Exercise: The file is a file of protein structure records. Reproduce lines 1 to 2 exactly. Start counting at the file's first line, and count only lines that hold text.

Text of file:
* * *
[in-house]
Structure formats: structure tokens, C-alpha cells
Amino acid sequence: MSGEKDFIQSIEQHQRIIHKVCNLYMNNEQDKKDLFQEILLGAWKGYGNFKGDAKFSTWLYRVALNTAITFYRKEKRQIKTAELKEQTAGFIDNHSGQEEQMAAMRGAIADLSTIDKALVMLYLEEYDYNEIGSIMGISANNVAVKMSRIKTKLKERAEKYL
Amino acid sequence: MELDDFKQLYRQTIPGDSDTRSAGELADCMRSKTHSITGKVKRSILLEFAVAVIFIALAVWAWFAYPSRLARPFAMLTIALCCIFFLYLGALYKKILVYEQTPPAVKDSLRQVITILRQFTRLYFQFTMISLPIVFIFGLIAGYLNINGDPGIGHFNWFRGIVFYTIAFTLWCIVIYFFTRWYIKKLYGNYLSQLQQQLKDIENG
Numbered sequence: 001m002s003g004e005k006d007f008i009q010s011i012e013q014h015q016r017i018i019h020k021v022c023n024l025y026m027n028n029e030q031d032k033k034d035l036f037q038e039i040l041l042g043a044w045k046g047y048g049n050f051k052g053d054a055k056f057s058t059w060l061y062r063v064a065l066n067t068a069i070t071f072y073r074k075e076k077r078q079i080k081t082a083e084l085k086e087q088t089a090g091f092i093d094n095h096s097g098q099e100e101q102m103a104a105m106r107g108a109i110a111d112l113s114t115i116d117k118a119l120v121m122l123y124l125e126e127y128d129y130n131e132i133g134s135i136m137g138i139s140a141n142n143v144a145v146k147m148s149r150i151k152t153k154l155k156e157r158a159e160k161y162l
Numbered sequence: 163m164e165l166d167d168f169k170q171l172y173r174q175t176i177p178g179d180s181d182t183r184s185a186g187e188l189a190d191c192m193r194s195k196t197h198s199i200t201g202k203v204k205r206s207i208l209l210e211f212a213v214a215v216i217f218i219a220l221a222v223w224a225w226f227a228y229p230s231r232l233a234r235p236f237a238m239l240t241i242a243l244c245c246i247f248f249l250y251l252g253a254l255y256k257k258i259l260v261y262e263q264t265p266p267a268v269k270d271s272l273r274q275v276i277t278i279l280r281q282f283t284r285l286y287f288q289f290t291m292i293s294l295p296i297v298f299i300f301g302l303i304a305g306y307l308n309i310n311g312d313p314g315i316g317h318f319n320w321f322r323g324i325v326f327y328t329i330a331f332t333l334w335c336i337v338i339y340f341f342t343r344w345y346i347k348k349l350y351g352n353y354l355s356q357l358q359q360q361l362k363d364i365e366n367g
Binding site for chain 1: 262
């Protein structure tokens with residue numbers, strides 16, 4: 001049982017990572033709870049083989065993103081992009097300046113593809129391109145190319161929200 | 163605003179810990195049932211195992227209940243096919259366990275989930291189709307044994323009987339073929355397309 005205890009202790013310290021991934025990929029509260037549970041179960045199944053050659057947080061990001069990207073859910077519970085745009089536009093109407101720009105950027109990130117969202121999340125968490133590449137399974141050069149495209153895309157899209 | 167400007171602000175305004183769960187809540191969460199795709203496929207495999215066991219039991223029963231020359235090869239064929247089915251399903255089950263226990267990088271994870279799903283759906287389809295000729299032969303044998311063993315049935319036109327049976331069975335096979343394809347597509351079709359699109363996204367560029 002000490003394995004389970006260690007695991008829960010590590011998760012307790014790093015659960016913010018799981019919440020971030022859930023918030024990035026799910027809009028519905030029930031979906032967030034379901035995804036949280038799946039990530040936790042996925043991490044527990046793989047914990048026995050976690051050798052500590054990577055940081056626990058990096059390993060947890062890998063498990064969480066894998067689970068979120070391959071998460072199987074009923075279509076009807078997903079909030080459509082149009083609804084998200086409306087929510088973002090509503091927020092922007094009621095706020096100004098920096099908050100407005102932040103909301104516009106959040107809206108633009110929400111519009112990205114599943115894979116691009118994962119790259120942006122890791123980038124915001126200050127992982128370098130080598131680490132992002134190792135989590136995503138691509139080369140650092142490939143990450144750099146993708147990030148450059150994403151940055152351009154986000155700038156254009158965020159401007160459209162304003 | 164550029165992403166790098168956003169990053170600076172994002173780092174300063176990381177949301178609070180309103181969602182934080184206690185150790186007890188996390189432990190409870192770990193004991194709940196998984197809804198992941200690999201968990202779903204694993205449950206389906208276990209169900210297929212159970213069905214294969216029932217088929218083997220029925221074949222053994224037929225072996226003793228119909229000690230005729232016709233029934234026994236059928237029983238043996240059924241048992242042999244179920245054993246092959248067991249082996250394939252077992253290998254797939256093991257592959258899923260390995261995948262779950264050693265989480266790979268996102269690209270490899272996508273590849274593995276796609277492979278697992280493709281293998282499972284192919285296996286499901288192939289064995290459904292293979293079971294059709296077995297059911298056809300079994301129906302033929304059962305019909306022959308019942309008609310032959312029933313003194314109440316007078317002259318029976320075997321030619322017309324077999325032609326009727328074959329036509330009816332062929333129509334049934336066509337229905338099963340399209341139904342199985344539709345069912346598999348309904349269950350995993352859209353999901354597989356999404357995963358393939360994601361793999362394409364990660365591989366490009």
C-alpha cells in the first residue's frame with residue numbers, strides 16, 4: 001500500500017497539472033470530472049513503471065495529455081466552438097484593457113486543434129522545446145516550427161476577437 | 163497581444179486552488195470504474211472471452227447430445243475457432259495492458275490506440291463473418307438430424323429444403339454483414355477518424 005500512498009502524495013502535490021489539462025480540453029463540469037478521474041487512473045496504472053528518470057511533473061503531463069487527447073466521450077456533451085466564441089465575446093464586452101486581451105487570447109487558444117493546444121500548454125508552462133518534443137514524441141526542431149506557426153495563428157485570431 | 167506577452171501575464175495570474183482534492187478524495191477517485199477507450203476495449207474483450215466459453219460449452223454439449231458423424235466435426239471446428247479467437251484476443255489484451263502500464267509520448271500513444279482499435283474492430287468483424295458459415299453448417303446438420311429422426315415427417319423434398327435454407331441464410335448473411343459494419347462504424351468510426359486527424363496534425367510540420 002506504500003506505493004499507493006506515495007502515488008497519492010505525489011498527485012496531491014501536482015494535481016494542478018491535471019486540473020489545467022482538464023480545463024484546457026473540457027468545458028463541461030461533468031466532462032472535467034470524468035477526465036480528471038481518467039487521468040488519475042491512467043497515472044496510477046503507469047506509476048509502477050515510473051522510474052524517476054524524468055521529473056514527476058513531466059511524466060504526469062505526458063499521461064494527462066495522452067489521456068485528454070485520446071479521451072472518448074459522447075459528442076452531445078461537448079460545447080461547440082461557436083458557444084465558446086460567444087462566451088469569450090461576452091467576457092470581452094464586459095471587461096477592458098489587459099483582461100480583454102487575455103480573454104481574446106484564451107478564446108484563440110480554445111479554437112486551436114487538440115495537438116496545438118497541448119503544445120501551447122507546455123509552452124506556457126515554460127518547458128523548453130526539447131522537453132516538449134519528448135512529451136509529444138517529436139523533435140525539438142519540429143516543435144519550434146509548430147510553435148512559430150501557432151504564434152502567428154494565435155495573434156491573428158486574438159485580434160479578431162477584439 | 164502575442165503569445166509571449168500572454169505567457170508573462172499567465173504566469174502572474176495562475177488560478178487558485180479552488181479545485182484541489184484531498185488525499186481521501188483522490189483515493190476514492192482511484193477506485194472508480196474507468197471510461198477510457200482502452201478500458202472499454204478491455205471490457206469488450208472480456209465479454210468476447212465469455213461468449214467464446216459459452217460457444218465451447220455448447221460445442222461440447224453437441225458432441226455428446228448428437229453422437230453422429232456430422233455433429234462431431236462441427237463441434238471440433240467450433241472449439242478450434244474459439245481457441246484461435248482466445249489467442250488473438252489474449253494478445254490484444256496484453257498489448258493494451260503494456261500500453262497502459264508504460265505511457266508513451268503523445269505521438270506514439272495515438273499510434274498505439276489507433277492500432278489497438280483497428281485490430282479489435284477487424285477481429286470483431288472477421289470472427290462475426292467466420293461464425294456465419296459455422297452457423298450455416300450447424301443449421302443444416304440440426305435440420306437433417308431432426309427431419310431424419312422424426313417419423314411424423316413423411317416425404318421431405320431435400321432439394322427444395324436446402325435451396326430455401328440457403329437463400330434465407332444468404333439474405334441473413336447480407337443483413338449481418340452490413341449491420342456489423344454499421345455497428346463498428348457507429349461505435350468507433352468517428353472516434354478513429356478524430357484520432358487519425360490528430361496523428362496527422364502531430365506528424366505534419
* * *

[in-house]
Structure formats: structure tokens, C-alpha cells